Summary: If you use NSIS plugins along with LZMA solid compression, make sure you reference the plugins first.
The NSIS Windows Installer supports plugins, which are dlls added to the installer which are called at install time. It also supports LZMA solid compression, which means that all files are compressed as a single continuous run for better compression. These two features can interact poorly. As an example:
SetCompressor /SOLID lzma Page instfiles "" createInstFiles Section dummy SetOutPath "$INSTDIR" File "*.exe" SectionEnd Function createInstFiles w7tbp::Start FunctionEnd
This installer is LZMA solid compressed and installs all
.exe files into the installation directory. It also uses the Taskbar progress plugin to provide progress information in the taskbar.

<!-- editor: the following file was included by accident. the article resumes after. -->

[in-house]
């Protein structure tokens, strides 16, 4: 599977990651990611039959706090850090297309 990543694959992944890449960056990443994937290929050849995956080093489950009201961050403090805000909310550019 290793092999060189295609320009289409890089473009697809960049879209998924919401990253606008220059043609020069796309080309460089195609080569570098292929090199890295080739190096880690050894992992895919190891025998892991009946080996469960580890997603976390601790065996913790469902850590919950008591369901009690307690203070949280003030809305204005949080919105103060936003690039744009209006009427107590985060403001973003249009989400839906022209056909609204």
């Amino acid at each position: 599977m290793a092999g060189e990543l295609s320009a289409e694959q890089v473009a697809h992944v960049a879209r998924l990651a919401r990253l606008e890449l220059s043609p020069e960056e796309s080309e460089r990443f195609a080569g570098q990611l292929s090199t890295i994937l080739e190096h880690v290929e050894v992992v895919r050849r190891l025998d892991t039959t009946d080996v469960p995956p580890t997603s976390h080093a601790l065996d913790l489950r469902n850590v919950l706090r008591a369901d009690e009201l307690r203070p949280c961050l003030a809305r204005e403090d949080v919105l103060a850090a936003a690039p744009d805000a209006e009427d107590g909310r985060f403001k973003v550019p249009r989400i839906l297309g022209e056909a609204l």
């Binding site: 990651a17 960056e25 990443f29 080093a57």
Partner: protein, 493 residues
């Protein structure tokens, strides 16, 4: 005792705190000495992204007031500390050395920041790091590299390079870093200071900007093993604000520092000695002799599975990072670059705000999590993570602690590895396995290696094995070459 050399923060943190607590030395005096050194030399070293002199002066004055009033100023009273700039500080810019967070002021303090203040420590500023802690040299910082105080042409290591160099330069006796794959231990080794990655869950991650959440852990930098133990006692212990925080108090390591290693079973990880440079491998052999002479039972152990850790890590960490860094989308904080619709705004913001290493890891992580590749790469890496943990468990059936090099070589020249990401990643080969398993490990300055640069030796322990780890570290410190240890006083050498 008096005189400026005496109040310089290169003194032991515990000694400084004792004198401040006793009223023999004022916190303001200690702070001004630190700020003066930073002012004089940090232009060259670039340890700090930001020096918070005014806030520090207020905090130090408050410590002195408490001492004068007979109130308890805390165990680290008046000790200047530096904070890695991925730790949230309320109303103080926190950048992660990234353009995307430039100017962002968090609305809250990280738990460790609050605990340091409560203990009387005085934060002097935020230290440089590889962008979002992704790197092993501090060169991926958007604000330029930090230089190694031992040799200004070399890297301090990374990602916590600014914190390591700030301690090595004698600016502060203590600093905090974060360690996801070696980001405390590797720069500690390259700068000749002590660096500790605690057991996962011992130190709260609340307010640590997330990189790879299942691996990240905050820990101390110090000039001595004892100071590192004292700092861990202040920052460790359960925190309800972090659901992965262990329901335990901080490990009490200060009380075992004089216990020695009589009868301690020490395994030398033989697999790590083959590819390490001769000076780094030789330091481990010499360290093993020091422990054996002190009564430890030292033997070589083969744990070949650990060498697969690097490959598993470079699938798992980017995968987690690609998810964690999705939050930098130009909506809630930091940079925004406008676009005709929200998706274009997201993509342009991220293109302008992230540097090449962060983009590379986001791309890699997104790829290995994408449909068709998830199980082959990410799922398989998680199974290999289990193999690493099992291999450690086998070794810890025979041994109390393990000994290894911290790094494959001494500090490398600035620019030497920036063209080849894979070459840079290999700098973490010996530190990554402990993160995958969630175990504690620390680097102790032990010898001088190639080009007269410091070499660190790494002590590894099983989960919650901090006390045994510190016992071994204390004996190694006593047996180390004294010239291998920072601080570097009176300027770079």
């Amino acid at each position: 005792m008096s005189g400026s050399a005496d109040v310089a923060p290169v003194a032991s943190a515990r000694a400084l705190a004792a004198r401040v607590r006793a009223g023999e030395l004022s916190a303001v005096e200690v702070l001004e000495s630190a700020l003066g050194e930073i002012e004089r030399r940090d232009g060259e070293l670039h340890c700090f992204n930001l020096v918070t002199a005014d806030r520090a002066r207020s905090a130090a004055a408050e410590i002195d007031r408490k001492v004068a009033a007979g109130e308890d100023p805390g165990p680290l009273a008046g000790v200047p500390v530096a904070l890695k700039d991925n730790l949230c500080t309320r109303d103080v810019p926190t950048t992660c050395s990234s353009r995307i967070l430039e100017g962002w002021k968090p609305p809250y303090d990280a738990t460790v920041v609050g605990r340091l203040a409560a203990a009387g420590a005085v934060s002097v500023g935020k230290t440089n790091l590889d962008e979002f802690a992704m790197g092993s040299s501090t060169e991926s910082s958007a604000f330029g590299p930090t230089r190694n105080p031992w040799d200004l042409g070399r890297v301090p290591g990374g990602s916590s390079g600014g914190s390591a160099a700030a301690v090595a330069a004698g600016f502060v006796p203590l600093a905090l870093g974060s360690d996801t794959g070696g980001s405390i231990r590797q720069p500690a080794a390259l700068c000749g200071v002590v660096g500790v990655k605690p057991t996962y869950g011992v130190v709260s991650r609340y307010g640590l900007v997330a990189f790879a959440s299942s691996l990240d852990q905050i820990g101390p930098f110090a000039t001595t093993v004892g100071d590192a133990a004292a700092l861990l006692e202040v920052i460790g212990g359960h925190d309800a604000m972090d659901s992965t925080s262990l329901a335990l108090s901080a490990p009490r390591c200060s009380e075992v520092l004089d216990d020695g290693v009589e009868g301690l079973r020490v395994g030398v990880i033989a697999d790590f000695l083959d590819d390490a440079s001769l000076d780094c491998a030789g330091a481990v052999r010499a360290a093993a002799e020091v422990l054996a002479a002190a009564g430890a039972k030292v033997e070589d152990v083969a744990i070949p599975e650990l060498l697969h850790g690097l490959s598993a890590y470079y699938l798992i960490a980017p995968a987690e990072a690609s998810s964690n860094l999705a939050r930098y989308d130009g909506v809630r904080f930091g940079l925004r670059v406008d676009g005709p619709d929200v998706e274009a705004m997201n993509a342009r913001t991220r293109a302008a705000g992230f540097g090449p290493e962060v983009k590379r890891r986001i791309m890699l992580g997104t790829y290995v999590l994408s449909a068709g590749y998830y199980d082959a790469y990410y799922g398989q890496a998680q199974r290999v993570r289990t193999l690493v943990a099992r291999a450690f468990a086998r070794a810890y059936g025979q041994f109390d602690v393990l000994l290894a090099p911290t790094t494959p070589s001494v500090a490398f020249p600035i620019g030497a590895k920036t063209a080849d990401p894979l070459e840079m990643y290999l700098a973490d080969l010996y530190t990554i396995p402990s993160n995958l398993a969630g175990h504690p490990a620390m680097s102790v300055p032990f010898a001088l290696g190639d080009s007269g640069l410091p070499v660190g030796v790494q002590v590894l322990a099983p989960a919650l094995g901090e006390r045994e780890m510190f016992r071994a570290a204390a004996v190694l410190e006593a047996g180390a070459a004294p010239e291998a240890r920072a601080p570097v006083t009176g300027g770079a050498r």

Unfortunately, if the
.exe files are large (say 1Gb) the installer will visibly freeze for around 40 seconds when you start to install. When the
createInstFiles function is run, it first extracts the 3Kb file
w7tbp.dll and loads it. NSIS adds files to the archive in the order they are discovered, meaning that since
w7tbp.dll is first mentioned at the end of the file it is placed at the end of the archive. Solid compression requires decompressing everything before a file to extract it, and thus accessing the last file requires a lot of disk access and CPU time.
The workaround is to move all addin calls before all sections, so they go at the front of the archive, and can be extracted quickly. However, sections define names which are only accessible later on in the file, so not all functions can be moved before sections. Therefore, as a general technique, you can write a dummy function that is never called but which references each plugin, and put that function before any sections.
My NSIS wrapper library automatically uses the workaround.